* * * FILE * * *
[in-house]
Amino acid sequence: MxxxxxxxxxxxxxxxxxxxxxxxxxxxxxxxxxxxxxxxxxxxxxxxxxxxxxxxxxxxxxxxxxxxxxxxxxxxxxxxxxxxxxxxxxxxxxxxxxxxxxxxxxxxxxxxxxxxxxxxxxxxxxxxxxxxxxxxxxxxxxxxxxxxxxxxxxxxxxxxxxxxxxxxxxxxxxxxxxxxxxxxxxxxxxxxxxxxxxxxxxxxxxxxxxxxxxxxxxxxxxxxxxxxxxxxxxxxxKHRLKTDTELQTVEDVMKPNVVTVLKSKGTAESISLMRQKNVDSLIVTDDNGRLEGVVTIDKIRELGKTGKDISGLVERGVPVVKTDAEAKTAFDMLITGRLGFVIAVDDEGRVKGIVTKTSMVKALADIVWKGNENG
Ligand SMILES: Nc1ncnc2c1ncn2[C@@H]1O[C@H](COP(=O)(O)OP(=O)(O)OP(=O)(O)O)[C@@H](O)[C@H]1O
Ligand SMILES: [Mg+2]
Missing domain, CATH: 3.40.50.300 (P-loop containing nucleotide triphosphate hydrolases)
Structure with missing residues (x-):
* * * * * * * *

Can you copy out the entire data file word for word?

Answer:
[in-house]
Amino acid sequence: MxxxxxxxxxxxxxxxxxxxxxxxxxxxxxxxxxxxxxxxxxxxxxxxxxxxxxxxxxxxxxxxxxxxxxxxxxxxxxxxxxxxxxxxxxxxxxxxxxxxxxxxxxxxxxxxxxxxxxxxxxxxxxxxxxxxxxxxxxxxxxxxxxxxxxxxxxxxxxxxxxxxxxxxxxxxxxxxxxxxxxxxxxxxxxxxxxxxxxxxxxxxxxxxxxxxxxxxxxxxxxxxxxxxxxxxxxxxxKHRLKTDTELQTVEDVMKPNVVTVLKSKGTAESISLMRQKNVDSLIVTDDNGRLEGVVTIDKIRELGKTGKDISGLVERGVPVVKTDAEAKTAFDMLITGRLGFVIAVDDEGRVKGIVTKTSMVKALADIVWKGNENG
Ligand SMILES: Nc1ncnc2c1ncn2[C@@H]1O[C@H](COP(=O)(O)OP(=O)(O)OP(=O)(O)O)[C@@H](O)[C@H]1O
Ligand SMILES: [Mg+2]
Missing domain, CATH: 3.40.50.300 (P-loop containing nucleotide triphosphate hydrolases)
Structure with missing residues (x-):